The number after the decimal point is not a well defined concept. For example for "4.24", it could be "0.24", "0.239999999999" (or similar), "24" or "239999999999".

You need to be clear if you are talking about a number or a string of decimal digits ... and whether the input value is a representation of a binary floating point number (in which case "4.24" is most likely an approximation) a decimal floating point number.

Depending on your interpretation, the correct answer will be different.

But i didn't get the proper answer because when I converted d.toString() the answer is 14.999999999999986.

You are running up against the problem that `double`

and `float`

are base-2 floating point formats, and in most cases they CANNOT represent decimal floating point numbers precisely. There is no fix for this ... apart from using something like `BigDecimal`

to represent your numbers. (And even then, some loss of precision is possible whenever you do a division or modulo operation.)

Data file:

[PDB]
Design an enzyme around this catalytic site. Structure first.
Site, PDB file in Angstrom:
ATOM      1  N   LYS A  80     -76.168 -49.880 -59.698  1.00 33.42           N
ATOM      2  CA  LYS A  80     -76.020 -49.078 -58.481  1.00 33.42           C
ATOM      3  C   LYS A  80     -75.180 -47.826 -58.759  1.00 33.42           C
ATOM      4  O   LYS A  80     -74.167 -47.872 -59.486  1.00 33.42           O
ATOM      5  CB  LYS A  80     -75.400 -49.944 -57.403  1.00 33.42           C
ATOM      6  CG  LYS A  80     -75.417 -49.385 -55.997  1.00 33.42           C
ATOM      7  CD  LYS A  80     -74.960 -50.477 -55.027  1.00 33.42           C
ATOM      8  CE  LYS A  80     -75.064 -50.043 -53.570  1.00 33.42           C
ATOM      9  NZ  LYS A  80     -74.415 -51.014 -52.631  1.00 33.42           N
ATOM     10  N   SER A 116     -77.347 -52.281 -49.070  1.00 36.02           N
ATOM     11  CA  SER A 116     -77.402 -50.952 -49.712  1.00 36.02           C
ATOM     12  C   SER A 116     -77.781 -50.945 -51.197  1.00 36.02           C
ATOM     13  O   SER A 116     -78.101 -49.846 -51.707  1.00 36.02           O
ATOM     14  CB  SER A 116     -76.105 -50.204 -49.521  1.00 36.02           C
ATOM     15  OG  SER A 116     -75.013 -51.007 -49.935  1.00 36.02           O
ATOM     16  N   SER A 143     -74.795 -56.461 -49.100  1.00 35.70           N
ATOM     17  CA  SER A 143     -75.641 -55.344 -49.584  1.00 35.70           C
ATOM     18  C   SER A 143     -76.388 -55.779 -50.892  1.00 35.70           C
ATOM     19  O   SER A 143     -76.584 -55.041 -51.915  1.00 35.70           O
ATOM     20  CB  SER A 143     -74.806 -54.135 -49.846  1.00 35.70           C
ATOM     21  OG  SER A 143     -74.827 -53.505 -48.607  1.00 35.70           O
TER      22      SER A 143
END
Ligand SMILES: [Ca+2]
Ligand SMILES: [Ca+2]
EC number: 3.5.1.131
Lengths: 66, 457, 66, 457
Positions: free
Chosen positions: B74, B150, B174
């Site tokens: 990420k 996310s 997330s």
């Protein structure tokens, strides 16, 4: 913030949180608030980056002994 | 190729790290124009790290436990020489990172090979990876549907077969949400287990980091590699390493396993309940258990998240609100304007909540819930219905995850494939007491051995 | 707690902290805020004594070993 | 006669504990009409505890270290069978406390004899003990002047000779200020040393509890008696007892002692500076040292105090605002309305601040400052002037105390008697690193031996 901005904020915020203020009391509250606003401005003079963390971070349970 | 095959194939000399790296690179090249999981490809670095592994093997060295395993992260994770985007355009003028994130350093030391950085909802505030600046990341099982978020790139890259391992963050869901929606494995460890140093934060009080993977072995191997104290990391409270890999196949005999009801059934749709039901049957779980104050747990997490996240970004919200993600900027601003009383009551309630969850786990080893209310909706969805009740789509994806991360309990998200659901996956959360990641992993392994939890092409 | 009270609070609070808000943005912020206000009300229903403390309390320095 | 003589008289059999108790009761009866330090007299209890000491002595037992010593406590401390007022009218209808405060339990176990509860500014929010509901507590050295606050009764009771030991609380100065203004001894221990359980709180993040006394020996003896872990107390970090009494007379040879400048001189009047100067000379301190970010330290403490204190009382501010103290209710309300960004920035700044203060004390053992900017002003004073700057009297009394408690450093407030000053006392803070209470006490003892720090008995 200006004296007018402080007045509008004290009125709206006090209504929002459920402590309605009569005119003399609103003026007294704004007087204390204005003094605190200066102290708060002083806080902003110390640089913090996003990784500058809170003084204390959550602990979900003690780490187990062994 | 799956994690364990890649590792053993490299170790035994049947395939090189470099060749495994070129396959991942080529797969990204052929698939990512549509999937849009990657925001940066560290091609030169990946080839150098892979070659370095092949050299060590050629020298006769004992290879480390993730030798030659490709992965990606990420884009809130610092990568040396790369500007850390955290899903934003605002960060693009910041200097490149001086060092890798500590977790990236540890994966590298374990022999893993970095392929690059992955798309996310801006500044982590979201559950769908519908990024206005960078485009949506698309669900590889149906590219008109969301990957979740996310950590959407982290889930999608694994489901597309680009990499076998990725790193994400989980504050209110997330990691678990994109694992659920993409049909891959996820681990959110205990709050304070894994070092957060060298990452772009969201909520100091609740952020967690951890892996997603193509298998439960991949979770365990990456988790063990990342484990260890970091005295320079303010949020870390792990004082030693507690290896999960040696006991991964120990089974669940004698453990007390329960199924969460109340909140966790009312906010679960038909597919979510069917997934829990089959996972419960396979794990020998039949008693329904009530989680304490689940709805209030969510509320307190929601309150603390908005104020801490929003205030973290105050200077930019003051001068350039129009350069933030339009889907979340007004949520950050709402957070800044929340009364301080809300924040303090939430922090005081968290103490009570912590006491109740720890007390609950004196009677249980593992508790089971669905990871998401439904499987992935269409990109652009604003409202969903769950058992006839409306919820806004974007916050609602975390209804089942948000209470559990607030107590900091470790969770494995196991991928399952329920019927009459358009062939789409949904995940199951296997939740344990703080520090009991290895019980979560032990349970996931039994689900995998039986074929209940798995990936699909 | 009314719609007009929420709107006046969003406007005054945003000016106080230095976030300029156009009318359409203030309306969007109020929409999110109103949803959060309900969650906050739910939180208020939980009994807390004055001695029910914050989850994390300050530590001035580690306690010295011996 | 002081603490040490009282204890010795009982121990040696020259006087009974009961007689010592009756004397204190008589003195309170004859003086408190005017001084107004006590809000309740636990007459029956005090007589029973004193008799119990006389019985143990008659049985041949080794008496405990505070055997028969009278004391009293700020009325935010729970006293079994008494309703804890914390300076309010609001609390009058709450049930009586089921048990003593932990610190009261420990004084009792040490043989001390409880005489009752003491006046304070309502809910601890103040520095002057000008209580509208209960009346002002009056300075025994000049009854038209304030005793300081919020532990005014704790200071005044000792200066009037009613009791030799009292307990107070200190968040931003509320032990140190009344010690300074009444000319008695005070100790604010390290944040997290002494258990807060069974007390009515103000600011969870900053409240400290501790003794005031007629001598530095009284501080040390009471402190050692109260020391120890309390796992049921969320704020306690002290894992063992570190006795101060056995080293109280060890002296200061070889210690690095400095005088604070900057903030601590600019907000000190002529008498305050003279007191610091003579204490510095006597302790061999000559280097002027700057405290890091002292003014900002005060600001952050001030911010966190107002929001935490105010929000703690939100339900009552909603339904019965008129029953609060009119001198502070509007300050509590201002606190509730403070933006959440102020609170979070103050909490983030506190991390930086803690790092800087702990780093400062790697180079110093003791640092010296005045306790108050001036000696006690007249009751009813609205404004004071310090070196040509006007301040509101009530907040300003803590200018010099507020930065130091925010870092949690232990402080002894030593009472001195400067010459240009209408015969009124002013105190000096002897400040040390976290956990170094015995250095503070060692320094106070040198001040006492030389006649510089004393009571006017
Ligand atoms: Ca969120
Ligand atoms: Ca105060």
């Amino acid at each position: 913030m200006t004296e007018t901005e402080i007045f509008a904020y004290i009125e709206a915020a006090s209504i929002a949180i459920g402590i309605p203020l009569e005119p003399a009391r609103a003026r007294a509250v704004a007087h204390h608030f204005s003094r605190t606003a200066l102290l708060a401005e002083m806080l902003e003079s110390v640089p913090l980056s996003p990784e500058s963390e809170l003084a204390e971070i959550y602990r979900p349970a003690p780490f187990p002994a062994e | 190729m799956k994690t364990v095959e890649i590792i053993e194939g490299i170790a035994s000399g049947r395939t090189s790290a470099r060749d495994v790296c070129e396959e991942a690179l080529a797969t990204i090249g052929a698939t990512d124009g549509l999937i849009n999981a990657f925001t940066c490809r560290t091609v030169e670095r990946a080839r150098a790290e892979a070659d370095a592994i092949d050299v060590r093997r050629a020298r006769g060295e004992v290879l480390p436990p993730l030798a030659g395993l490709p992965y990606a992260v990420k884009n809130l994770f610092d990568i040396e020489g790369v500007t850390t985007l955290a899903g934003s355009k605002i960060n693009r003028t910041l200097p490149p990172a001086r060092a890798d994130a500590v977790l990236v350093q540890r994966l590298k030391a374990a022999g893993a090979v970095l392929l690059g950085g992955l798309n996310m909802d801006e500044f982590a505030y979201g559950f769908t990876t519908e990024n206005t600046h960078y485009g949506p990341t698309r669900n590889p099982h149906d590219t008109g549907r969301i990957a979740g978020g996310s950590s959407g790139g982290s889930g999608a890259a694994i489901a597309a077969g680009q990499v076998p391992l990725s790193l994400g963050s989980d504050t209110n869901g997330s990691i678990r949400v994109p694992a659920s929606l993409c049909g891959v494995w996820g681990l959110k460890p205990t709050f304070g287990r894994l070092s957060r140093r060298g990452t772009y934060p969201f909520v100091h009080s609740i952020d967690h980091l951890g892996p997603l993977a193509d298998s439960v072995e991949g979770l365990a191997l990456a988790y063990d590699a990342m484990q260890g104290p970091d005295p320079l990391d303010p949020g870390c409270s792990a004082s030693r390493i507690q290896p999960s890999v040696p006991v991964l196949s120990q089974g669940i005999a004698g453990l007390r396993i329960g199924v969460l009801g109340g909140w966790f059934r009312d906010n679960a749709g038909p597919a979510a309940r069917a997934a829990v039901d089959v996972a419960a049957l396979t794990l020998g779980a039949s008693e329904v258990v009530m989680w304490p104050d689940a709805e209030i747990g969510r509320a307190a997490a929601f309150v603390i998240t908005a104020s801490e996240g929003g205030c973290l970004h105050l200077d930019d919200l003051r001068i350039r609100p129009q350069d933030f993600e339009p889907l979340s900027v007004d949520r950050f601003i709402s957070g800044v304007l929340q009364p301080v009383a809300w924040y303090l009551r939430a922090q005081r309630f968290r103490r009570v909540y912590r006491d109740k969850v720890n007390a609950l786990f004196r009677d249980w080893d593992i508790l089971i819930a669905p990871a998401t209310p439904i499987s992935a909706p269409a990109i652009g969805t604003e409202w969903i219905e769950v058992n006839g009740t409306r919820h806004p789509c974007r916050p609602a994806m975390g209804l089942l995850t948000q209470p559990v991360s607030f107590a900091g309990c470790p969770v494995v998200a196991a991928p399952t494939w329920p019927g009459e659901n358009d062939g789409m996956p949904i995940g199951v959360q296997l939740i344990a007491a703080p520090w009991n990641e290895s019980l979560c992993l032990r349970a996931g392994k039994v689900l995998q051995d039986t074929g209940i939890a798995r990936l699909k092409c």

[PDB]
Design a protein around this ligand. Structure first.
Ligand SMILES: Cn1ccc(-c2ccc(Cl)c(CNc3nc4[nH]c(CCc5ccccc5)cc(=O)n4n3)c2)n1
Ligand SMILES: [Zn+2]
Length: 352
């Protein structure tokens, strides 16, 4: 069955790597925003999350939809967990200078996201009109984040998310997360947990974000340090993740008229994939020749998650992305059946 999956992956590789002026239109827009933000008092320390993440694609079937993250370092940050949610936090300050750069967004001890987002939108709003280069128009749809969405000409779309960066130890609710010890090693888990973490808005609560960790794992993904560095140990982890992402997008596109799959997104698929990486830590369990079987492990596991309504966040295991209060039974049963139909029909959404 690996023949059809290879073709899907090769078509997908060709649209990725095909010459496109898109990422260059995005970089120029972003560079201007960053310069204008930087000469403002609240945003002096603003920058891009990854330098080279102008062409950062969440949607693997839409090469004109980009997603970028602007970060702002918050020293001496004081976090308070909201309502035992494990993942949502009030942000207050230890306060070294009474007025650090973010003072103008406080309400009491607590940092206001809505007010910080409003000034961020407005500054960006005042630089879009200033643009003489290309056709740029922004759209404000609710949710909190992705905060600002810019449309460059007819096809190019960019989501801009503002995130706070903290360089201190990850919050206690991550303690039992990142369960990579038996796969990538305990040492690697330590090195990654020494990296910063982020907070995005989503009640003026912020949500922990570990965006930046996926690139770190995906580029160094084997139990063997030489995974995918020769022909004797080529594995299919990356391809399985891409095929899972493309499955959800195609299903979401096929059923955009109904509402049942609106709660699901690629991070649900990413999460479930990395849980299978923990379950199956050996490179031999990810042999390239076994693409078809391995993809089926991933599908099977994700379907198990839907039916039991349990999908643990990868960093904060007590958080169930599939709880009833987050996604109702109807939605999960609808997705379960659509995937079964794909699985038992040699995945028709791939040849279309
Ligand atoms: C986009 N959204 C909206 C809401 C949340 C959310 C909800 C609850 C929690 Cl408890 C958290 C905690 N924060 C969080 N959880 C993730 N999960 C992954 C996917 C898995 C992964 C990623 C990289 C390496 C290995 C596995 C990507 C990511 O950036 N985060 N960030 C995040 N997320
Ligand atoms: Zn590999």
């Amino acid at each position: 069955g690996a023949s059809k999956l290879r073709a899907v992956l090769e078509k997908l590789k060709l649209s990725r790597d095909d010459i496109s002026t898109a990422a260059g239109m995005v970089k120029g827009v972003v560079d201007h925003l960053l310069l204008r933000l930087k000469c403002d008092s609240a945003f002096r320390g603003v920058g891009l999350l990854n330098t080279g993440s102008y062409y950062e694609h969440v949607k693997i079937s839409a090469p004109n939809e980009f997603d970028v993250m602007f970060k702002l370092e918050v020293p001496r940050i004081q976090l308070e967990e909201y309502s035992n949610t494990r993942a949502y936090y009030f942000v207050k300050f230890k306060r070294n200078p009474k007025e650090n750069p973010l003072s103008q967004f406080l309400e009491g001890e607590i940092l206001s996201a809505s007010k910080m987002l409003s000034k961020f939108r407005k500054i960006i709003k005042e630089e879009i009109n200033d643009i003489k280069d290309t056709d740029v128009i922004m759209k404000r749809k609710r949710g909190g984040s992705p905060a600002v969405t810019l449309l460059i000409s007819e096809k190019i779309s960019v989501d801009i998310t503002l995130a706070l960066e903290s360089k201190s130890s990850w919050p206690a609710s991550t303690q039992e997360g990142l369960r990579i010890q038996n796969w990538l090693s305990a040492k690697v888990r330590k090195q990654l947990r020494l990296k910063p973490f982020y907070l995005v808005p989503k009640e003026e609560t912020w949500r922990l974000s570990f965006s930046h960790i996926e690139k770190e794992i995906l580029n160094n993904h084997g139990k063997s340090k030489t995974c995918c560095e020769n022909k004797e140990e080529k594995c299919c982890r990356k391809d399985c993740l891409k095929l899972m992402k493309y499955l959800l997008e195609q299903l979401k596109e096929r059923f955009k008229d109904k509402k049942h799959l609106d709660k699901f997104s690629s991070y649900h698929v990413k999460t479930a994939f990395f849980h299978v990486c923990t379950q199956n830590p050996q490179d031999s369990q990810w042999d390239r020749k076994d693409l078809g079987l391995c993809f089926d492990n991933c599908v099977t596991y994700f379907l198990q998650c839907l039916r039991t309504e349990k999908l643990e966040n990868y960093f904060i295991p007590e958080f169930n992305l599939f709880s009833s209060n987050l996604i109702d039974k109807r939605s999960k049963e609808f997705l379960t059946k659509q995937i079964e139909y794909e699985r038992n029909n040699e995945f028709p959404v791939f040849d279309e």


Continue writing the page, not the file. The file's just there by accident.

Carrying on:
`15`

from`1.15`

. Only Arjun's nailed it so far, because he saw this problem for what it really is: a String parsing question. Just because the poster tried using math doesn't mean the answer has to follow the same path. – Paul Jan 17 '12 at 6:52`15`

as the answer (2nd line of his post) and his code was giving him`14.9999...`

. Change the question from numbers to text and it's still the same problem: given a string`abc.def`

, how does he extract just`def`

? – Paul Jan 17 '12 at 7:12`valueOf`

or the`toString`

will not produce the expected result. And the precision issues are only one part of that. The other is the scientific notation that`valueOf`

/`toString`

will give you. – Turismo Jan 17 '12 at 8:23